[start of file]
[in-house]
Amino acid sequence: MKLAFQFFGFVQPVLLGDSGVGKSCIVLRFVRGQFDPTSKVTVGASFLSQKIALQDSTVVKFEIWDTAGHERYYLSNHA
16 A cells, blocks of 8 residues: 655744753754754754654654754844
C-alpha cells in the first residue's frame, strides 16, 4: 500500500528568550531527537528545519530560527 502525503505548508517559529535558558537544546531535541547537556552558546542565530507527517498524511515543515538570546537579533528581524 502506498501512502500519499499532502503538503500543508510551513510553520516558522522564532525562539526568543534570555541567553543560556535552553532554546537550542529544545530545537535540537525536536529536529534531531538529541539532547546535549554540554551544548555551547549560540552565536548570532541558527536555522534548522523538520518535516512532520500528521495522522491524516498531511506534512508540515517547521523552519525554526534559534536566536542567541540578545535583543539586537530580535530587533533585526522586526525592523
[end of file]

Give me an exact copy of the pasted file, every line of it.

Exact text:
[in-house]
Amino acid sequence: MKLAFQFFGFVQPVLLGDSGVGKSCIVLRFVRGQFDPTSKVTVGASFLSQKIALQDSTVVKFEIWDTAGHERYYLSNHA
16 A cells, blocks of 8 residues: 655744753754754754654654754844
C-alpha cells in the first residue's frame, strides 16, 4: 500500500528568550531527537528545519530560527 502525503505548508517559529535558558537544546531535541547537556552558546542565530507527517498524511515543515538570546537579533528581524 502506498501512502500519499499532502503538503500543508510551513510553520516558522522564532525562539526568543534570555541567553543560556535552553532554546537550542529544545530545537535540537525536536529536529534531531538529541539532547546535549554540554551544548555551547549560540552565536548570532541558527536555522534548522523538520518535516512532520500528521495522522491524516498531511506534512508540515517547521523552519525554526534559534536566536542567541540578545535583543539586537530580535530587533533585526522586526525592523